“Home care also allows carers to take some time out from their valuable role, so for example we can offer people short packages of support to give family carers time out to go shopping.
“But, as an integrated dementia care service, EachStep can offer carers much greater support. EachStep Blackley includes a respite care service, so if carers need to take longer breaks, for instance to go on holiday, we can also help them to do this. Carers gain real assurance knowing that their loved one is not only being supported by people who have a specialist knowledge of dementia but also know their family member equally well too, having supported them at home.”
Carolanne Devlin, EachStep home care support worker joined the EachStep Home Care team to make a difference to the lives of people with dementia She thinks it is important that people with the condition can live in their own homes for as long as possible, enjoying a good quality of life.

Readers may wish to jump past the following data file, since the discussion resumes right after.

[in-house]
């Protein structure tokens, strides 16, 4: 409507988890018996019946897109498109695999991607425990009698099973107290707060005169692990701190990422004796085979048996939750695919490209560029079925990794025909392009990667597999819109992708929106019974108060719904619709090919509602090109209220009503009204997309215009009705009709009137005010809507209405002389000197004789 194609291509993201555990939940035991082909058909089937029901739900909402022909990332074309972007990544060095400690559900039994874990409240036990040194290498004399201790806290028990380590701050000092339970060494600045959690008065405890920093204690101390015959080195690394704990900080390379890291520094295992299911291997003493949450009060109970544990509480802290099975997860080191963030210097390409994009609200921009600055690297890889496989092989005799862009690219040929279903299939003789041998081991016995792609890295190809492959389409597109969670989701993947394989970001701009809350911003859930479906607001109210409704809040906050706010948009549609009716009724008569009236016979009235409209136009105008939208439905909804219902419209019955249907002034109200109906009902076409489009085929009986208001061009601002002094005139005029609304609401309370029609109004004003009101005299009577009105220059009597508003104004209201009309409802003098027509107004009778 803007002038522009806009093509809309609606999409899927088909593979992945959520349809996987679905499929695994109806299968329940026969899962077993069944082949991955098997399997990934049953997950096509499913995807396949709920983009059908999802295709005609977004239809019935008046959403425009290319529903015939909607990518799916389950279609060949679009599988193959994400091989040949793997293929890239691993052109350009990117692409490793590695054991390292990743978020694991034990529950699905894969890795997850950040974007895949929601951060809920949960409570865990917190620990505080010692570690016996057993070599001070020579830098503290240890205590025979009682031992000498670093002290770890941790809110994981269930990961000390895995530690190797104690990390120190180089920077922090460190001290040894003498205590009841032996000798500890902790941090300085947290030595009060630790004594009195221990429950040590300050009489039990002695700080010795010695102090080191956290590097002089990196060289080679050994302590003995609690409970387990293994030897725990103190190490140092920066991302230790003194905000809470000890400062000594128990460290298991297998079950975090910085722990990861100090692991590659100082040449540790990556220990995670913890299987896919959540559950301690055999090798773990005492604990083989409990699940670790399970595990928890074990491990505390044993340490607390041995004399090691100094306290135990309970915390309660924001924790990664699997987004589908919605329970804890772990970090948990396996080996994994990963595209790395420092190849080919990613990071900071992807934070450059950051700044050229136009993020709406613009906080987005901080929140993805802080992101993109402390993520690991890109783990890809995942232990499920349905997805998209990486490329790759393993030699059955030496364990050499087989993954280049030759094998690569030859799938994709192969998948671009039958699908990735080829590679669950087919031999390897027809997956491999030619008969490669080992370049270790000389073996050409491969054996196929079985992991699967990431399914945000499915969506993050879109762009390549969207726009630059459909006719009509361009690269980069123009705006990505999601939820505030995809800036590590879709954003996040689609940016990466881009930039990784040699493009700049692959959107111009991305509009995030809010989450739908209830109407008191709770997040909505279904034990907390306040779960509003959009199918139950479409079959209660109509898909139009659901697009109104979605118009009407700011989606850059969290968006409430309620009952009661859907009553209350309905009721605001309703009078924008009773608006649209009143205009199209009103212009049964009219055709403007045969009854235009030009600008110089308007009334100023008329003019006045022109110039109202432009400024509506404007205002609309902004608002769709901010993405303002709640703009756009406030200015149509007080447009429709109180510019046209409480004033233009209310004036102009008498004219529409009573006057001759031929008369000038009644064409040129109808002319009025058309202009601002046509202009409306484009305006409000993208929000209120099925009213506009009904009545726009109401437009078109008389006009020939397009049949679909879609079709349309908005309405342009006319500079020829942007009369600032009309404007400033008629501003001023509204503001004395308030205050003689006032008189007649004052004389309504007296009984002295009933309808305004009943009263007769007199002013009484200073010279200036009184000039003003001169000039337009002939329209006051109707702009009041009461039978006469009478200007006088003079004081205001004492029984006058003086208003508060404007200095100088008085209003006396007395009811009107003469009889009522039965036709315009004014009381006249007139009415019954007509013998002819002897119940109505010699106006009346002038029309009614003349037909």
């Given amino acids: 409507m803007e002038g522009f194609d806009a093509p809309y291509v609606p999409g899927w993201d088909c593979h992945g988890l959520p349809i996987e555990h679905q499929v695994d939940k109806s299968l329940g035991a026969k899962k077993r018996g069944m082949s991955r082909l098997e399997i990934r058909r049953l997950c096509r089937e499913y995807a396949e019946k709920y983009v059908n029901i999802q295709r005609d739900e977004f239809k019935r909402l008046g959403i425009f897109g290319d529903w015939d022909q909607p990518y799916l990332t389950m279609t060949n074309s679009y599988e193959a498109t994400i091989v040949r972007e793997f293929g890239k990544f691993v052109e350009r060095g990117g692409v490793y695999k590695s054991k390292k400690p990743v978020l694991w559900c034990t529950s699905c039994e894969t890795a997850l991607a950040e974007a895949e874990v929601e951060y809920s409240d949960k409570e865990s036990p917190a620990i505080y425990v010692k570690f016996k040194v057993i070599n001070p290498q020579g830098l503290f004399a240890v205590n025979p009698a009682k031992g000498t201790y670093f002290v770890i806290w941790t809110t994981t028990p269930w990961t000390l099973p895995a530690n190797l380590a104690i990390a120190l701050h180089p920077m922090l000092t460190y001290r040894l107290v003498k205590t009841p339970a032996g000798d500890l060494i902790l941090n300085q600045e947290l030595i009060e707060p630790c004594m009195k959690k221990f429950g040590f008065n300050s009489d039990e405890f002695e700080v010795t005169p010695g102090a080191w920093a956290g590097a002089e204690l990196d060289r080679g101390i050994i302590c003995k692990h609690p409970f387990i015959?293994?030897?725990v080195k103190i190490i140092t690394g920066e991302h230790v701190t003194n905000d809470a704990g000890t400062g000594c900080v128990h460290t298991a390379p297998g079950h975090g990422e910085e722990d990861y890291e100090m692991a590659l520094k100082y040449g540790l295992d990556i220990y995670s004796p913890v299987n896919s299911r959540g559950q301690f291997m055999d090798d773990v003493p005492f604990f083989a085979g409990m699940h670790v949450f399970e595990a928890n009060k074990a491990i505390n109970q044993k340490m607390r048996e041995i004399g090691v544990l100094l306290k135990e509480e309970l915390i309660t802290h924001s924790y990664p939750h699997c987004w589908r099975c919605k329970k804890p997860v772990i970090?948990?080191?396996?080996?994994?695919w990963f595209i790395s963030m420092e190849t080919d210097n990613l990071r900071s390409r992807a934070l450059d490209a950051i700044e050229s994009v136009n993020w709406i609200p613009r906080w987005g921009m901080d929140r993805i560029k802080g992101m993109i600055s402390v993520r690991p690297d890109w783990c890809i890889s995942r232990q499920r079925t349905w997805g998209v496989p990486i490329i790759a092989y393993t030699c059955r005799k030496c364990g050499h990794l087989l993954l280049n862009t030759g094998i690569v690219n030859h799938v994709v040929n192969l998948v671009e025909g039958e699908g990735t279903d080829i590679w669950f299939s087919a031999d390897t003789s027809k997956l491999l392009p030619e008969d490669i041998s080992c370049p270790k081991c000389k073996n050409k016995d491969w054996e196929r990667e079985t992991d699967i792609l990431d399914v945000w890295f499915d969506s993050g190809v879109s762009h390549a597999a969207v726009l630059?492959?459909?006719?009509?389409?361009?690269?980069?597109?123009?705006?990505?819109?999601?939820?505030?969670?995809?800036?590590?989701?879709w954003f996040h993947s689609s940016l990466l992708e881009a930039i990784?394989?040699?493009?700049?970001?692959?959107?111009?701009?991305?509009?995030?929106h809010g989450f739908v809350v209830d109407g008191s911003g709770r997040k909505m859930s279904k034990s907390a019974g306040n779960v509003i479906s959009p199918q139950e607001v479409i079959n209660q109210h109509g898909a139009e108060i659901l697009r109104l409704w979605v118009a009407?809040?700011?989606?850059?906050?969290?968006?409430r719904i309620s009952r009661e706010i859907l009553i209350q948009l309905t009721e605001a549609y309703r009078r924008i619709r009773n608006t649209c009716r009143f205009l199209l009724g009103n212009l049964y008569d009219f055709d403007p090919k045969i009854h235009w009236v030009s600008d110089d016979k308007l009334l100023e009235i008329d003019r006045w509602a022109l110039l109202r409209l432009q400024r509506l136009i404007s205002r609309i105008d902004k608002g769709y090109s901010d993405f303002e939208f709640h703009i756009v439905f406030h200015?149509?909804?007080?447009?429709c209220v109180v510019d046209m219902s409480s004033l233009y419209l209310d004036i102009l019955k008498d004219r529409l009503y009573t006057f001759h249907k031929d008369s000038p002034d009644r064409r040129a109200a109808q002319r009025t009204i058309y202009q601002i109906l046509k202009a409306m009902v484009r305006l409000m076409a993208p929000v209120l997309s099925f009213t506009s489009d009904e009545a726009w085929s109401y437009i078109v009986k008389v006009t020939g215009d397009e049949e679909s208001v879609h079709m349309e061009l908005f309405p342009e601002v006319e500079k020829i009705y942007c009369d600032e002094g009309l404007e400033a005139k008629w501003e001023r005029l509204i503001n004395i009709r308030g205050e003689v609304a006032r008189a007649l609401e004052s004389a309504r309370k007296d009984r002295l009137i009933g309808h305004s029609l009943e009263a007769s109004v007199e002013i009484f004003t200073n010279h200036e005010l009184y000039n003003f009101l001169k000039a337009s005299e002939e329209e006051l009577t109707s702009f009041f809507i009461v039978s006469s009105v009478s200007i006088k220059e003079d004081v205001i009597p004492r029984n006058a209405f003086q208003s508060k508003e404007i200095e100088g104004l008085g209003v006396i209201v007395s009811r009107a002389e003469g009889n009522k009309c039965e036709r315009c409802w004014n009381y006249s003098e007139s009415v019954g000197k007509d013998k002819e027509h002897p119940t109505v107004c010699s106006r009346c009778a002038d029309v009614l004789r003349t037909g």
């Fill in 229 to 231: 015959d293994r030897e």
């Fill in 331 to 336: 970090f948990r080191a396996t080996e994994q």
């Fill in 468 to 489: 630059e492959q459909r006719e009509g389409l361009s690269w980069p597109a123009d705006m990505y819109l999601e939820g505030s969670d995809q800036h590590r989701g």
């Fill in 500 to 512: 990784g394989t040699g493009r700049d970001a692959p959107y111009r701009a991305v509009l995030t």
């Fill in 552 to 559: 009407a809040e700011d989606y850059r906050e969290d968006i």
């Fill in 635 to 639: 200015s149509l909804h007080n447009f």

Ms Devlin said: “The support I give depends upon the needs and interests of my clients. I support one lady, Beattie, who enjoys going out walking, having been a member of the Ramblers Association in her youth. We go out twice a week to her local park and this makes a great difference to her. She told me recently that I have given her some of her independence back, which was a lovely thing to hear and exactly the reason why I go to work.
“Beattie also recently joined EachStep’s Day Care Service, attending three days a week. She loves attending day care as it gives her the opportunity to meet new people and take part in activities. The staff who deliver home care to Beattie also work at our day care service too, so Beattie was helped to settle into this new service by familiar people who know her and her needs well.